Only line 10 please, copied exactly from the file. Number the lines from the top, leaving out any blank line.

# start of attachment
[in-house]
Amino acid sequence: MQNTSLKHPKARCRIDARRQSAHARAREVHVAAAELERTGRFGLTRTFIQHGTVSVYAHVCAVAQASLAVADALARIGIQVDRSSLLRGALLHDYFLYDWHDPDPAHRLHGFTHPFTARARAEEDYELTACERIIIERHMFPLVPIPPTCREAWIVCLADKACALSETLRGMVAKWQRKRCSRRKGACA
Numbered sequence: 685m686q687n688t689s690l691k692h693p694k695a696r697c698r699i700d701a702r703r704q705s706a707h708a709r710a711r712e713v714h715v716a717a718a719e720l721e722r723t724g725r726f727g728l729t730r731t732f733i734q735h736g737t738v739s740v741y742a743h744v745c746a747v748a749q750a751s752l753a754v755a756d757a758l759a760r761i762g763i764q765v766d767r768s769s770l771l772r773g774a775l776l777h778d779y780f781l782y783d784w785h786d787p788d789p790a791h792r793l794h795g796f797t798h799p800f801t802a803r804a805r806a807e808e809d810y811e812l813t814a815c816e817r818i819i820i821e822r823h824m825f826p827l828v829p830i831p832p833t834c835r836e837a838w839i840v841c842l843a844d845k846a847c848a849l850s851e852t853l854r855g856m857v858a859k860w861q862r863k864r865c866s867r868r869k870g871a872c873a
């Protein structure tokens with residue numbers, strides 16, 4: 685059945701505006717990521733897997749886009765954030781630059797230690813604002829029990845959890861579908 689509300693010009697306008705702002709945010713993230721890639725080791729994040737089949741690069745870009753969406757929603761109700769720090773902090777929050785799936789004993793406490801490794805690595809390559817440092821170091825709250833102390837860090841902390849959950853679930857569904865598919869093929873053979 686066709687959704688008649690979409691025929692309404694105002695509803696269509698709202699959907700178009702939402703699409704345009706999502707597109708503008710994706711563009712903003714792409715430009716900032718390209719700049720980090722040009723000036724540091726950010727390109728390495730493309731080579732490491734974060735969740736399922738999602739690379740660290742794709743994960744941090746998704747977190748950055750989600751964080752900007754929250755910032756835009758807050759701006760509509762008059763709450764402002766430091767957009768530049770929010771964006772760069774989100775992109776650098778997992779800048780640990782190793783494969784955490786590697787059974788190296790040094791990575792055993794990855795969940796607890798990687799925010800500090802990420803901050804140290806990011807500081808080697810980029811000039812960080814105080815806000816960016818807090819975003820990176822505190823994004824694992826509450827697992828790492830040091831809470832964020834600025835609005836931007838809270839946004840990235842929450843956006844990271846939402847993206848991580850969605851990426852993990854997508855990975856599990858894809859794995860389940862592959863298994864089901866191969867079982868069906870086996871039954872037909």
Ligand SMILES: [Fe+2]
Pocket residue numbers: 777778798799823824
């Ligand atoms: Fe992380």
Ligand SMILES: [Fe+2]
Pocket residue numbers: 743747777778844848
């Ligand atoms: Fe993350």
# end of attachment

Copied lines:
């Ligand atoms: Fe993350």